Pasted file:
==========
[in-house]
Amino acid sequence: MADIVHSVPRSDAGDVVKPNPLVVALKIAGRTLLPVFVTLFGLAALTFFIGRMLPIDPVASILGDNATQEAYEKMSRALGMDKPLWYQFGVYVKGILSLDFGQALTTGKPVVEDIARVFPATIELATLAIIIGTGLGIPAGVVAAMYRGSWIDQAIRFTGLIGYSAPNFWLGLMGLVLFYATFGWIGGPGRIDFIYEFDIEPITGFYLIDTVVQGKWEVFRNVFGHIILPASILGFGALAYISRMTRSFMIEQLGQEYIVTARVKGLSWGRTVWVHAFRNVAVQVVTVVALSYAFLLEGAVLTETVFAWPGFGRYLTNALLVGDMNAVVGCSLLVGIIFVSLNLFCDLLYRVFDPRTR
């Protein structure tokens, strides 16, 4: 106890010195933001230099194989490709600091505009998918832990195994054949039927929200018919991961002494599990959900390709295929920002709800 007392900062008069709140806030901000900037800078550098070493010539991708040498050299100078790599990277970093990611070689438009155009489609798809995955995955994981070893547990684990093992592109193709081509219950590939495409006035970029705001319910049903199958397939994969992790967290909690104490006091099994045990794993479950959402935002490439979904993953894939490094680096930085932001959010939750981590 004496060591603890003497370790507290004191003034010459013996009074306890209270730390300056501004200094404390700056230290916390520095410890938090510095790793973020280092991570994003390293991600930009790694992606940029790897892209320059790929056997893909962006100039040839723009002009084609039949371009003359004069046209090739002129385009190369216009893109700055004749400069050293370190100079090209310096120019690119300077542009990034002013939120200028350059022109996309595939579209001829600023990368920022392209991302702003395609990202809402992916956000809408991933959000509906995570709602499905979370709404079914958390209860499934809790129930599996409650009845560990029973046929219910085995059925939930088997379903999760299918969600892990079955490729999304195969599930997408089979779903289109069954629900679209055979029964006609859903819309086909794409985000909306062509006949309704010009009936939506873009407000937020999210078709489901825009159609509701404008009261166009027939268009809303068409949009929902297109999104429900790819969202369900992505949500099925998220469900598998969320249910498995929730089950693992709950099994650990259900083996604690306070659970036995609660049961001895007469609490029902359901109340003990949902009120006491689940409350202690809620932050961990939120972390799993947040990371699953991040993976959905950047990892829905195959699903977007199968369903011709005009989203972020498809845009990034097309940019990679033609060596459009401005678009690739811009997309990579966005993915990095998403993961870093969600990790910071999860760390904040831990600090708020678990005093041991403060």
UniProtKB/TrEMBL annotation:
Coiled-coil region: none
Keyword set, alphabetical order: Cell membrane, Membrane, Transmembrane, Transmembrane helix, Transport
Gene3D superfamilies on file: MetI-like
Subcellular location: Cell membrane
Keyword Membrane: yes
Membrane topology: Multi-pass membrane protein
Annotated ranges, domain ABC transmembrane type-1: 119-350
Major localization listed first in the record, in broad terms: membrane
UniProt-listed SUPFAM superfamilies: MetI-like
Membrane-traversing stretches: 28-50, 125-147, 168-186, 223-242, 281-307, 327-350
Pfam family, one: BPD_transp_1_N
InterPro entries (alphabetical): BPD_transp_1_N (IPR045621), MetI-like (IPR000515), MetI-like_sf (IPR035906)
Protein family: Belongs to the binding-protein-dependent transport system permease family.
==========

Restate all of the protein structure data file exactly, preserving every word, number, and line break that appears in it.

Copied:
[in-house]
Amino acid sequence: MADIVHSVPRSDAGDVVKPNPLVVALKIAGRTLLPVFVTLFGLAALTFFIGRMLPIDPVASILGDNATQEAYEKMSRALGMDKPLWYQFGVYVKGILSLDFGQALTTGKPVVEDIARVFPATIELATLAIIIGTGLGIPAGVVAAMYRGSWIDQAIRFTGLIGYSAPNFWLGLMGLVLFYATFGWIGGPGRIDFIYEFDIEPITGFYLIDTVVQGKWEVFRNVFGHIILPASILGFGALAYISRMTRSFMIEQLGQEYIVTARVKGLSWGRTVWVHAFRNVAVQVVTVVALSYAFLLEGAVLTETVFAWPGFGRYLTNALLVGDMNAVVGCSLLVGIIFVSLNLFCDLLYRVFDPRTR
């Protein structure tokens, strides 16, 4: 106890010195933001230099194989490709600091505009998918832990195994054949039927929200018919991961002494599990959900390709295929920002709800 007392900062008069709140806030901000900037800078550098070493010539991708040498050299100078790599990277970093990611070689438009155009489609798809995955995955994981070893547990684990093992592109193709081509219950590939495409006035970029705001319910049903199958397939994969992790967290909690104490006091099994045990794993479950959402935002490439979904993953894939490094680096930085932001959010939750981590 004496060591603890003497370790507290004191003034010459013996009074306890209270730390300056501004200094404390700056230290916390520095410890938090510095790793973020280092991570994003390293991600930009790694992606940029790897892209320059790929056997893909962006100039040839723009002009084609039949371009003359004069046209090739002129385009190369216009893109700055004749400069050293370190100079090209310096120019690119300077542009990034002013939120200028350059022109996309595939579209001829600023990368920022392209991302702003395609990202809402992916956000809408991933959000509906995570709602499905979370709404079914958390209860499934809790129930599996409650009845560990029973046929219910085995059925939930088997379903999760299918969600892990079955490729999304195969599930997408089979779903289109069954629900679209055979029964006609859903819309086909794409985000909306062509006949309704010009009936939506873009407000937020999210078709489901825009159609509701404008009261166009027939268009809303068409949009929902297109999104429900790819969202369900992505949500099925998220469900598998969320249910498995929730089950693992709950099994650990259900083996604690306070659970036995609660049961001895007469609490029902359901109340003990949902009120006491689940409350202690809620932050961990939120972390799993947040990371699953991040993976959905950047990892829905195959699903977007199968369903011709005009989203972020498809845009990034097309940019990679033609060596459009401005678009690739811009997309990579966005993915990095998403993961870093969600990790910071999860760390904040831990600090708020678990005093041991403060």
UniProtKB/TrEMBL annotation:
Coiled-coil region: none
Keyword set, alphabetical order: Cell membrane, Membrane, Transmembrane, Transmembrane helix, Transport
Gene3D superfamilies on file: MetI-like
Subcellular location: Cell membrane
Keyword Membrane: yes
Membrane topology: Multi-pass membrane protein
Annotated ranges, domain ABC transmembrane type-1: 119-350
Major localization listed first in the record, in broad terms: membrane
UniProt-listed SUPFAM superfamilies: MetI-like
Membrane-traversing stretches: 28-50, 125-147, 168-186, 223-242, 281-307, 327-350
Pfam family, one: BPD_transp_1_N
InterPro entries (alphabetical): BPD_transp_1_N (IPR045621), MetI-like (IPR000515), MetI-like_sf (IPR035906)
Protein family: Belongs to the binding-protein-dependent transport system permease family.